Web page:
WILMINGTON, N.C. – When Jennifer Song missed her birdie putt on the 18th hole at the Country Club of Landfall on Friday afternoon, several things happened. USC missed out on forcing a playoff at the NCAA Championship by a shot; players from Purdue breathed a sigh of disbelief; and fans were left wanting more.
No one left the course – not other teams, parents, players or coaches. Everyone wanted to see more between Purdue and USC, but when Song tapped in for par, it was over.
The Trojans then burst into tears, Purdue players start to hug each other and fans start to applaud. But it’s what happened after Maude-Aimee LeBlanc, Jennifer Johnson and Jennifer Song left the 18th green that will leave a lasting impression.
While the NCAA committee was finalizing scores, bagpipers started to perform while walking up the 18th fairway. It was the closing chapter of what was a fantastic national championship.
As the bagpipers played, a new tune in women’s college golf had been established.
Purdue did something unheard of. The Boilermakers won the big one. After all the talk about the “Big Three,” Duke and past success of Georgia and San Jose State, no one really thought a team from the Big Ten could win the big one.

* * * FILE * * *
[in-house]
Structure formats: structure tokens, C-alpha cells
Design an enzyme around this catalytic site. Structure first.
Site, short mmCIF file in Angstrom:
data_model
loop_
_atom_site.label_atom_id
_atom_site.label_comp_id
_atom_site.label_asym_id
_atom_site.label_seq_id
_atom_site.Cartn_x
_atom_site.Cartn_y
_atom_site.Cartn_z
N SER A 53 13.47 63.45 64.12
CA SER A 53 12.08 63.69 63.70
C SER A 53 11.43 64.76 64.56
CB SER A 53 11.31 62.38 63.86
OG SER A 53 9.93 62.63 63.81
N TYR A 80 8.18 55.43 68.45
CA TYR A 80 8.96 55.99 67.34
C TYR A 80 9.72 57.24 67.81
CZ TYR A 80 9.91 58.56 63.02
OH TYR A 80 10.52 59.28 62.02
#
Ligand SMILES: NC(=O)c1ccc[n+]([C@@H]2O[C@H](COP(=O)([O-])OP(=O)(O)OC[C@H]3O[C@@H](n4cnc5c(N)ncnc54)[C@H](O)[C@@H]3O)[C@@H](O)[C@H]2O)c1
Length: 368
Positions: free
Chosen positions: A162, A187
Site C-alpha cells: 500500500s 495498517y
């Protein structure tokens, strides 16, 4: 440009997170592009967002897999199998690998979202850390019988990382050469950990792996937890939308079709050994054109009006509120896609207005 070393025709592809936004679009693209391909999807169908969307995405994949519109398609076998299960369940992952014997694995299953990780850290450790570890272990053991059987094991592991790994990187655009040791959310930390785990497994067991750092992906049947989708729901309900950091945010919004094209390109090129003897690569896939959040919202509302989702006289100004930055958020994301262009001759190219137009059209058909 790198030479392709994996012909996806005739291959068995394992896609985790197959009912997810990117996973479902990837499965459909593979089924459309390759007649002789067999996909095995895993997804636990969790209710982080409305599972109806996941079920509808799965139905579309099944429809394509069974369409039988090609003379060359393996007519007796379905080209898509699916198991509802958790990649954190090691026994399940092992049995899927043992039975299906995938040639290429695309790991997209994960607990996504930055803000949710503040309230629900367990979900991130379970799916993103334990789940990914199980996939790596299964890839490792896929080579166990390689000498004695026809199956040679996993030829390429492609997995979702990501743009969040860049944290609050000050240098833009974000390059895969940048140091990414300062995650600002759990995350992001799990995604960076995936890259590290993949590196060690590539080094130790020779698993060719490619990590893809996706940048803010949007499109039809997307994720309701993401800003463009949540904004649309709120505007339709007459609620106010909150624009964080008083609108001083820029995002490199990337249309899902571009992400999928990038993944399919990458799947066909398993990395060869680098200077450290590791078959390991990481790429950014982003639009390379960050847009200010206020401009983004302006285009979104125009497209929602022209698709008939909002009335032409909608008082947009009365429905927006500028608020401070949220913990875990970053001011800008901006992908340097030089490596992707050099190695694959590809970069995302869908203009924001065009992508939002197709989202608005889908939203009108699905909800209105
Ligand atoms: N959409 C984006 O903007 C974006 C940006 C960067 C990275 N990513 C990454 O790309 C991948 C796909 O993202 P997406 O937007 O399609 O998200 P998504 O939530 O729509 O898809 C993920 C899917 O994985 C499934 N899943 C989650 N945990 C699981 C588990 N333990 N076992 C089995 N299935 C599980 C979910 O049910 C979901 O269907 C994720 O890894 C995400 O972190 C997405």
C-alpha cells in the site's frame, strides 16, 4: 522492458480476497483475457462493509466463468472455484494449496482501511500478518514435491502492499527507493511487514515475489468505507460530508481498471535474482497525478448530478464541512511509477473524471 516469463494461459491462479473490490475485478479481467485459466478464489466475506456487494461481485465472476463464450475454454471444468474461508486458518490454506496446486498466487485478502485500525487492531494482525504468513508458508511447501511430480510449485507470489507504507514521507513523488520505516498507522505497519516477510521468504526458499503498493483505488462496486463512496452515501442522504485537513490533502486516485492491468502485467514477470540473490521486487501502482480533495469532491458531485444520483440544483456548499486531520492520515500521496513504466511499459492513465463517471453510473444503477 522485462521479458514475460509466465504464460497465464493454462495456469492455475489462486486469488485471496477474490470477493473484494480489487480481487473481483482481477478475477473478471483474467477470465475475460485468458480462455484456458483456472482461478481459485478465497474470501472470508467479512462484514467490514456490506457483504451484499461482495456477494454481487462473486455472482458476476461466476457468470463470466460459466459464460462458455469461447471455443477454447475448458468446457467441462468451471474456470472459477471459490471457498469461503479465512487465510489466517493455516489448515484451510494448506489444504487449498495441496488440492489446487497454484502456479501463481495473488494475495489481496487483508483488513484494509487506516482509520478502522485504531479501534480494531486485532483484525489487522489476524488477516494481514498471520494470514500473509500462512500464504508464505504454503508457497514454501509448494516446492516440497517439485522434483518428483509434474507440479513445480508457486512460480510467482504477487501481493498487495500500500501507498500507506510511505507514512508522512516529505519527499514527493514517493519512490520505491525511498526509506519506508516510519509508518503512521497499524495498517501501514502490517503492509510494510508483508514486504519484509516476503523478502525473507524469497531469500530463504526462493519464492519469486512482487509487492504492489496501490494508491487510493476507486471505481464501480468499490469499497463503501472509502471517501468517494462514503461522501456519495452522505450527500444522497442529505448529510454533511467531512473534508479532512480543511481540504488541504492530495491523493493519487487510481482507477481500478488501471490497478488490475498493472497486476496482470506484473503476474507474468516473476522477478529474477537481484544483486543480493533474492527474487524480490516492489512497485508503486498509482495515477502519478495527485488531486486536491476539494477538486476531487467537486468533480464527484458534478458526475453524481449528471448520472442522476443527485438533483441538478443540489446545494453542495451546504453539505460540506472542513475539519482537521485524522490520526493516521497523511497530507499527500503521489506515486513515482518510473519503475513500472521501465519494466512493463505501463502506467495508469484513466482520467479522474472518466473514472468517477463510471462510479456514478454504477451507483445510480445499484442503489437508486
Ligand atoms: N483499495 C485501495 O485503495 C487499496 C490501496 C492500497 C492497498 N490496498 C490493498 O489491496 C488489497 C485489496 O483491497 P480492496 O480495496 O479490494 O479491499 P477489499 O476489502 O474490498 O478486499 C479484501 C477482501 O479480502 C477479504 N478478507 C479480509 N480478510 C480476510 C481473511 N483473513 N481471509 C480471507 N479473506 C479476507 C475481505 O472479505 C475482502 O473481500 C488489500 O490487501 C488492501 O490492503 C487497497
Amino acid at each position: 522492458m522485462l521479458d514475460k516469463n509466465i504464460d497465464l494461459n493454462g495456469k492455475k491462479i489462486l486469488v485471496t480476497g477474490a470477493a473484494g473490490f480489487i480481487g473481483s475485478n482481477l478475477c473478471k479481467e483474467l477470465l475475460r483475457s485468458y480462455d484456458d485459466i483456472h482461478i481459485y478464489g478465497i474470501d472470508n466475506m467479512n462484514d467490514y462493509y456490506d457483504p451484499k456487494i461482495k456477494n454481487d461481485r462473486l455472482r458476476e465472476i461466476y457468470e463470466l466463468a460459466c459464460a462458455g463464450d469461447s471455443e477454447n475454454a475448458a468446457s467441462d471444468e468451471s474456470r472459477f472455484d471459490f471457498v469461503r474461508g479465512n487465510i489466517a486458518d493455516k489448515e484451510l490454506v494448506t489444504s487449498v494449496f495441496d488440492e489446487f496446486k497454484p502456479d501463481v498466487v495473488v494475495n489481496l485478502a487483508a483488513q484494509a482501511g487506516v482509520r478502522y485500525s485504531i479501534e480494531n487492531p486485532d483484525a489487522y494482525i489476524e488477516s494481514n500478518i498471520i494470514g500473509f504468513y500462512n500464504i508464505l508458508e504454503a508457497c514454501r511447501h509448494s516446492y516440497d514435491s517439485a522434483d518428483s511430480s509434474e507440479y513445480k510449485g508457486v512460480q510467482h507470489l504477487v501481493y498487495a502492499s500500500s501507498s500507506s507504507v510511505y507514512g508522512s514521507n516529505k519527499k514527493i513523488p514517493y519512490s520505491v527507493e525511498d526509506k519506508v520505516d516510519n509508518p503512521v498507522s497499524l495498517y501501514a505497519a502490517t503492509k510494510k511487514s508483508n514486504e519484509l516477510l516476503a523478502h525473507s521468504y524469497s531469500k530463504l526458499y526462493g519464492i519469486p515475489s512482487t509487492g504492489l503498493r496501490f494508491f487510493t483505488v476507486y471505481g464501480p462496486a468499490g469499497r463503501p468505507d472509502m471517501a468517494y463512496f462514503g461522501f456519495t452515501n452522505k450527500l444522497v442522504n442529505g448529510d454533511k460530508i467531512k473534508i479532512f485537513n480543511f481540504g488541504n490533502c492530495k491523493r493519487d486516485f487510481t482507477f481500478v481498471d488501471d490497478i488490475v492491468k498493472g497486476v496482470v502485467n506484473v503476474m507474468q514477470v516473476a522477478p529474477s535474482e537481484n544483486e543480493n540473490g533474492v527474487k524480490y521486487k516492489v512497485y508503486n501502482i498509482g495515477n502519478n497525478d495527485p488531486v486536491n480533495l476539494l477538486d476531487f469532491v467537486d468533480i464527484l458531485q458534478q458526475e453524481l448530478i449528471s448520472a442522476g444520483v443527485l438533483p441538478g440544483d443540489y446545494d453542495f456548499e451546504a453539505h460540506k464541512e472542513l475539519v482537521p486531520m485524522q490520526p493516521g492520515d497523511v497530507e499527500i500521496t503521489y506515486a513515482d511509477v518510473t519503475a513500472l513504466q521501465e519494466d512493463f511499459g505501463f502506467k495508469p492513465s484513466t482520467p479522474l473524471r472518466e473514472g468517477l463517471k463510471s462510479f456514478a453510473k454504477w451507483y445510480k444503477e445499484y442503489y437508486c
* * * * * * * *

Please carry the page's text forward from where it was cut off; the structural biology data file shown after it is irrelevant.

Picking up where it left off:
A doorway of opportunity has been opened. Kent State coach Mike Morrow understood the meaning of a potential Purdue win as the final groups were teeing off in the afternoon.
“There are only two teams from the North here at the championship – us and Purdue,” Morrow said. “If they can pull it off, it will put away the myth that you have to go to a school in warm weather year-round to compete.”
I asked Morrow who he was rooting for. He told me all the coaches in the final groups were his friends, but he wanted Purdue coach Devon Brouse to pull it out.
Morrow and Brouse may be friends, but a victory by the Boilermakers only helps the Kent State program, which is located in Kent, Ohio. Now, even a coach like Morrow can walk into potential recruits’ homes and say, “See, it can be done.”
Throughout the year, much of my attention went to the “Big Three,” thinking no other school could compete with the Pac-10 powerhouses. That train of thought can now be thrown out for good.
Purdue proved that great teams can come from places without palm trees and cacti. The college golf world, whether in the Northeast, Midwest, or even Pacific Northwest, now knows it can be done.
The music coming from the pipes Friday evening at Landfall was the tune to a new beginning. Thanks to Purdue, the women’s college golf world just received a big boost for a more balanced playing field.
With that said, my early prediction for next year is UCLA.